To find the SNR, I would take fundamental definition approach.  First find the amplitude and phase of your signal.  This is equivalent to finding a complex coefficient for a basis function made using your estimated frequency.  You can then construct an estimated signal using the parameters you have found.  Your best assumption is that this is the true underlying signal.  It will not be, of course, but it should be as close as you can find.  Then subtract your constructed signal from your sampled signal to find the noise signal.  The SNR should be the ratio of the power of the constructed signal to the power of the noise signal.

Hope this helps,
Ced

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I have used you fundamental approach several times.

I have even used it for data communications, where I synthesized a transmit signal, and manually tinkered with the parameters while watching the level of the signal after the subtraction to minimize it.  Results in estimation of all sorts of things at the same time.

Timing frequency offset, timing phase recovery, carrier frequency offset, carrier phase, pulse shaping filter, equalization, etc. etc.

Works for me.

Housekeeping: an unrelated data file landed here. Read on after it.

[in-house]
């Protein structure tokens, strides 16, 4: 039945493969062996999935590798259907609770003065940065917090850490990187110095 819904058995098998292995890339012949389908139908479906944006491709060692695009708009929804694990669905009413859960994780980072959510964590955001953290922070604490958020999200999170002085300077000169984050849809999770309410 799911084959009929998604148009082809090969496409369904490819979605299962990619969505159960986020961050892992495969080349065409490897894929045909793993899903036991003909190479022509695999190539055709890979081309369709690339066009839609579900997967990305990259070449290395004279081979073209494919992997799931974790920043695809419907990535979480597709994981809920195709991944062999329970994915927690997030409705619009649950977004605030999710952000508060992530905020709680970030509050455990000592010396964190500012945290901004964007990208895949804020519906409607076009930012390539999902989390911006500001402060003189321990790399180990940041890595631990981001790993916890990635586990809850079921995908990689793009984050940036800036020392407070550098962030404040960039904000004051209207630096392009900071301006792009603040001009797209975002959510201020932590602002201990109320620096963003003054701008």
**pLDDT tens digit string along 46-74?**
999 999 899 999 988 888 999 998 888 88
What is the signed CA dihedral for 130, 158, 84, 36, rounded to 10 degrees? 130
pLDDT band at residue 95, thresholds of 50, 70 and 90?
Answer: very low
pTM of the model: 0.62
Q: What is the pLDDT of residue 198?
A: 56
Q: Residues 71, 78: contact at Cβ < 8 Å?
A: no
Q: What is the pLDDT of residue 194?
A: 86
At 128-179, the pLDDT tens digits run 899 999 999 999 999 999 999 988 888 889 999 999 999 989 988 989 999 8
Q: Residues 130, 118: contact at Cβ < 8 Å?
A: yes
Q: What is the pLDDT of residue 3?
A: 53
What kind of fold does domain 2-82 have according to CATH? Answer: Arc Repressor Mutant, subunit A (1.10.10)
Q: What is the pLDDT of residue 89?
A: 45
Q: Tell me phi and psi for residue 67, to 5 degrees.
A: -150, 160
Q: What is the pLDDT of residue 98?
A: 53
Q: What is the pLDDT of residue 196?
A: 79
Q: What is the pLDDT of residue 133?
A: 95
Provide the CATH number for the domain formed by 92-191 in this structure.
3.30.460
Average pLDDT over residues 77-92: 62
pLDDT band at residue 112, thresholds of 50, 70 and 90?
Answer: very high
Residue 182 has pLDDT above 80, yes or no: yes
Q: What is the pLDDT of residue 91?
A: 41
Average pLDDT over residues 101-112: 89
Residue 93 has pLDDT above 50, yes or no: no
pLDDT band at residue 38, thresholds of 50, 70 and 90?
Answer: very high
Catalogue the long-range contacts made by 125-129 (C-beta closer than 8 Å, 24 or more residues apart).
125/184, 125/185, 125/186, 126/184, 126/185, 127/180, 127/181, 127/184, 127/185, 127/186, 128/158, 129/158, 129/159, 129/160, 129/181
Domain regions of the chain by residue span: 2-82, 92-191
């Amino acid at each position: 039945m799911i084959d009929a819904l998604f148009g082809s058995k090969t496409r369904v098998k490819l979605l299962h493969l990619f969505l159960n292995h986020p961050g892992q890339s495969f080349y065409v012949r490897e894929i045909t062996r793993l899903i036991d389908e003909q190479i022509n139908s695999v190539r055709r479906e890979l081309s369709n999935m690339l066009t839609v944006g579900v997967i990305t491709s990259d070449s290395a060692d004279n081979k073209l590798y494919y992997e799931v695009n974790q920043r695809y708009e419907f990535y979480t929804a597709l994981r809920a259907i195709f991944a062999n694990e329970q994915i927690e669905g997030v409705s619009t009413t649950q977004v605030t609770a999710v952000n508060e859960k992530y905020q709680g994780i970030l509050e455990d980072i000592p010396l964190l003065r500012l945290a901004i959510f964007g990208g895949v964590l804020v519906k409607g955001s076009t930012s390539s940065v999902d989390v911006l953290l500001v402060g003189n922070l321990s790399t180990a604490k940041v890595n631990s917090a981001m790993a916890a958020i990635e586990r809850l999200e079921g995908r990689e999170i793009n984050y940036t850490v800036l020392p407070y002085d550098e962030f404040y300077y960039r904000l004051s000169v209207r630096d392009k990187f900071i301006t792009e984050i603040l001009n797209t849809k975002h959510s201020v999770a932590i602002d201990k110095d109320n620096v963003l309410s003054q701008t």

David

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It should be easy to compute the total power in the input, then estimate the power in the tone from the amplitude estimate you determine, the noise power is then just the difference.  It will be an estimate, but a blind estimate of SNR is always difficult to determine with high precision.

Are you most interested in estimating power, phase, or frequency of the input?   Or everything?

There's been a fair amount of newer work for estimators, and depending on what you really want or what your tolerance is for complexity may narrow down the selections.  Cagatay Candan's work is popular and provides options on increasing complexity for better performance.

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Candan's 2013 formula is compared in my three bin article.  One of my new formulas is equivalent and the others are better.

In the approach I gave in my previous answer, the constructed signal will be orthogonal to the noise signal.  Therefore

Power of Sampled = Power of Constructed + Power of Noise

You can find an amplitude estimate from the DFT by constructing a basis vector in DFT space using the formulas in my article:

DFT Bin Value Formulas for Pure Complex Tones
https://www.dsprelated.com/showarticle/1038.php